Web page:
FBI Director William H. Webster said yesterday the bureau has stopped its practice of dictating rules for the private lives of agents, preferring instead to stress "conduct, not personal beliefs."
Webster said it is "not the rule" anymore for the bureau to penalize agents who break the strict sexual code imposed by the late director J. Edgar Hoover.
"We're trying to stay out of people's private lives, unless their conduct - and the emphasis is always on conduct, not personal beliefs - impacts upon the effectiveness of that individual and the bureau," he said.
Asked if unmarried agents are permitted to live with persons of the opposite sex, Webster replied "I don't have a policy for or against that conduct, but how the bureau is seen is important in our effectiveness."
Webster made his remarks on the television program "Face the Nation" (CBS, WDVM).
About a recent case of an FBI file clerk who was fired for being a homosexual, the director said the feeling of most law enforcement agencies is that with homosexual employes who have access to "top secret" information "there is a potential for compromise for those who engage in such conduct, which is generally not approved by society and in some places illegal."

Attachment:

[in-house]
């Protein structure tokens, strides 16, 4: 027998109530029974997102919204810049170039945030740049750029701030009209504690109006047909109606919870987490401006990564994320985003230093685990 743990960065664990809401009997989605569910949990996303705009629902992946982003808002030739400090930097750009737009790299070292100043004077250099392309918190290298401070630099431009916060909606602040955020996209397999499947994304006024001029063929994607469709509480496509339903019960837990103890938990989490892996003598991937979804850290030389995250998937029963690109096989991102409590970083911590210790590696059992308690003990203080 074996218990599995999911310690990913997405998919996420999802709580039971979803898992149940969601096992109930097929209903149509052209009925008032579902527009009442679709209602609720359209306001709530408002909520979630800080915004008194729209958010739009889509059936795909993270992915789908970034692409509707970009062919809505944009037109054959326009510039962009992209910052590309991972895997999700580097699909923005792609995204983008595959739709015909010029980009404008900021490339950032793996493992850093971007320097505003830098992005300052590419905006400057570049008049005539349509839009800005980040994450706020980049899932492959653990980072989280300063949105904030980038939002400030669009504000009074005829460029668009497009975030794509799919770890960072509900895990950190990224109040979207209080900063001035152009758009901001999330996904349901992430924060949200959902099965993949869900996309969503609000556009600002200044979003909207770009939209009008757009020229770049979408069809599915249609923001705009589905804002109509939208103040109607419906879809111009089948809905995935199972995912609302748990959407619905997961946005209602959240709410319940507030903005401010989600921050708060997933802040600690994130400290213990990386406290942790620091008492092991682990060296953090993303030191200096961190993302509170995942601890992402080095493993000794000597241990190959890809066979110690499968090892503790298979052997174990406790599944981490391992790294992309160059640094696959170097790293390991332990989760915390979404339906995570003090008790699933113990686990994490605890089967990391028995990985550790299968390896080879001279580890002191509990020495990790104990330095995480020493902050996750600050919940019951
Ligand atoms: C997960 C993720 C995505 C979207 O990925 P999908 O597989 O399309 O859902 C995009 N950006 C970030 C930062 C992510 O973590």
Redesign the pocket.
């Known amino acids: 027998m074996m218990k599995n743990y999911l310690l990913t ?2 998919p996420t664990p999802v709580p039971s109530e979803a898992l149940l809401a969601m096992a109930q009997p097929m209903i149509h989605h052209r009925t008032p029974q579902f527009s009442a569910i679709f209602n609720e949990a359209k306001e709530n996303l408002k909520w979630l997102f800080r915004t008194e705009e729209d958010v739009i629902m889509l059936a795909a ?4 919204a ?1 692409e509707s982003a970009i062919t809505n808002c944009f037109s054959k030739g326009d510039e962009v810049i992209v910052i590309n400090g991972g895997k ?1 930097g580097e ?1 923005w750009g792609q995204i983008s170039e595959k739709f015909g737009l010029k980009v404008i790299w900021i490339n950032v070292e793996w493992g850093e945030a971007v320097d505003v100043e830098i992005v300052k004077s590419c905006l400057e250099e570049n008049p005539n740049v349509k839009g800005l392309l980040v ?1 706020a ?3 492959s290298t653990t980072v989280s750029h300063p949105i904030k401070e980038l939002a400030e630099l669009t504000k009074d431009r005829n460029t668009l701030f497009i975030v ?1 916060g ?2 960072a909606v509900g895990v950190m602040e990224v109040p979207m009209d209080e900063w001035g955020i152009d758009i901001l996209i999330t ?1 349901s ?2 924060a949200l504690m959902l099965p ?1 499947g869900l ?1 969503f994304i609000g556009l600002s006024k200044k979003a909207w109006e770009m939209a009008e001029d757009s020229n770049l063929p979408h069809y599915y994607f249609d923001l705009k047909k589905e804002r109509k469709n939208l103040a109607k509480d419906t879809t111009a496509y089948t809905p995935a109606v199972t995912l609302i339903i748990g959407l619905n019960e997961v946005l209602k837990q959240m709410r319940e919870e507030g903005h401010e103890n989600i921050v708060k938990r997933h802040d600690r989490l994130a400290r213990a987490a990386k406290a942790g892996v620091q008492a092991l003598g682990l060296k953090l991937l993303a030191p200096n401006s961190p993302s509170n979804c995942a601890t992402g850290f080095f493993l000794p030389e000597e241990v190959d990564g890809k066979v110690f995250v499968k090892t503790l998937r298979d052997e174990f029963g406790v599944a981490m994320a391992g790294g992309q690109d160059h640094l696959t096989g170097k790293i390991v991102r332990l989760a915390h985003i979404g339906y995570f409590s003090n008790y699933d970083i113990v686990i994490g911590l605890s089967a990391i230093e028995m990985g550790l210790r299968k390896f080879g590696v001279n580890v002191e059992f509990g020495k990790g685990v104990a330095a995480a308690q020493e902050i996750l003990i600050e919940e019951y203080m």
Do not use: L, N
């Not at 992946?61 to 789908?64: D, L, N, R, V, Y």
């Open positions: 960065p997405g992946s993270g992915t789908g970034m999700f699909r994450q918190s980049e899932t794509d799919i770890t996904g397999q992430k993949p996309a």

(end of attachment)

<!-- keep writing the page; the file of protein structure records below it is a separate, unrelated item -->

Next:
Webster said, "We treat it as a factor, and in all candor, as a significant factor. It is a troublesome thing."
Webster also said that he will review the findings of the House Assassintions Committee, which just released its 26-volume report on the murders of President Kennedy and the Rev. Martin Luther King Jr...
Webster said any decision on reopening the investigations of their murders will be made by the Justice Department and Congress, with recommendations from the FBI on the bureau's "ability to conduct a subsequent successful investigation." Webster also suggested that an "independent contractor" decide whether the cases can be reopened, so the FBI is not accused of trying to "vindicate our original conclusions."